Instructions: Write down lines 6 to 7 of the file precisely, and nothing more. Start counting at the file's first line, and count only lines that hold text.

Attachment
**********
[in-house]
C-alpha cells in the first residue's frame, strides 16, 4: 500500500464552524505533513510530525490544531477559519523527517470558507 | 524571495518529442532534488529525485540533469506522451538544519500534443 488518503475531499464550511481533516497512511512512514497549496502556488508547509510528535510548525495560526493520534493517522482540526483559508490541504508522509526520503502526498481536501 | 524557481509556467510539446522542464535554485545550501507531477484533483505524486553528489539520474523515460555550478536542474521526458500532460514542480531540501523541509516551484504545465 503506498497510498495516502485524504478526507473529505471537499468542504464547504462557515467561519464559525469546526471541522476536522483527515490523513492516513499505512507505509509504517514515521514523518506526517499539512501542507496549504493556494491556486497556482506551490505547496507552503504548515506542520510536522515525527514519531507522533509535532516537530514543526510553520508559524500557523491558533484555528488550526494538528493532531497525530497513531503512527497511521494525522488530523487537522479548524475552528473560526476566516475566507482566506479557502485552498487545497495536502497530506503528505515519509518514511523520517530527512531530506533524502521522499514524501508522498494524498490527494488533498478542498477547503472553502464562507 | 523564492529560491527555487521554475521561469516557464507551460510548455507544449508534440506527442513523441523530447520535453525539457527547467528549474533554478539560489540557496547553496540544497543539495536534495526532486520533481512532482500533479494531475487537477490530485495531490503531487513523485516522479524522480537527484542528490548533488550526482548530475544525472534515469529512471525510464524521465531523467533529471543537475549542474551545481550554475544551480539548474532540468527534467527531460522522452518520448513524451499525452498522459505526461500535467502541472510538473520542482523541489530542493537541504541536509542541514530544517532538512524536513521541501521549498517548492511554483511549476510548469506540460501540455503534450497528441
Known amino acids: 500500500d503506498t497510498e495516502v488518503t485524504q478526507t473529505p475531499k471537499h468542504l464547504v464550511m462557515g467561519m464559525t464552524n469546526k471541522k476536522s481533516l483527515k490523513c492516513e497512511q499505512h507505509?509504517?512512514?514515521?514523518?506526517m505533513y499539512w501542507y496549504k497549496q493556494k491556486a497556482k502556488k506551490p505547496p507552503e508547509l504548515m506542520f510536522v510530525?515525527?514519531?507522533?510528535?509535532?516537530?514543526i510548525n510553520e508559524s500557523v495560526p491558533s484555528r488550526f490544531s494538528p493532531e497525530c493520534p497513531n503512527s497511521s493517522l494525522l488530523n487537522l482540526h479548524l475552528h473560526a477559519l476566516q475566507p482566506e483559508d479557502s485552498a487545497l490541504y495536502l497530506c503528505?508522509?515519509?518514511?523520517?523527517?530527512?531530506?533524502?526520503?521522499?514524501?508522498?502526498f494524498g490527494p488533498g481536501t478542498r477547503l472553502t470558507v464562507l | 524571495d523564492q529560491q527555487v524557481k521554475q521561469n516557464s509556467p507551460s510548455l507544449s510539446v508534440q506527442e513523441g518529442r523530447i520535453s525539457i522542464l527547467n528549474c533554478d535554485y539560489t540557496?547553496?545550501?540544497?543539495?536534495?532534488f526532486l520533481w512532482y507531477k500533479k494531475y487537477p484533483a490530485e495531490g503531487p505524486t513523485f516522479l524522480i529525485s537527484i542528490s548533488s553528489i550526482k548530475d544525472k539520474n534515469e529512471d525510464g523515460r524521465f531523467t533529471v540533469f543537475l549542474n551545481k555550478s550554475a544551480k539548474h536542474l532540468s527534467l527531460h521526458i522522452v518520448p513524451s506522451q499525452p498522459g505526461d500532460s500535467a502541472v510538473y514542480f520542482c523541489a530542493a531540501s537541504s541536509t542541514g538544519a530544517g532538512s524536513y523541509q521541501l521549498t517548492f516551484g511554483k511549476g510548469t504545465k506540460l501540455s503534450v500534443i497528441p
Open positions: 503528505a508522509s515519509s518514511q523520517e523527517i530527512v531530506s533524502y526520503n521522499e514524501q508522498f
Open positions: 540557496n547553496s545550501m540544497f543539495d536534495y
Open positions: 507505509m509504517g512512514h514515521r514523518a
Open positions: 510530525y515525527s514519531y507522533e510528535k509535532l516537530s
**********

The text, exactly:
Open positions: 507505509m509504517g512512514h514515521r514523518a
Open positions: 510530525y515525527s514519531y507522533e510528535k509535532l516537530s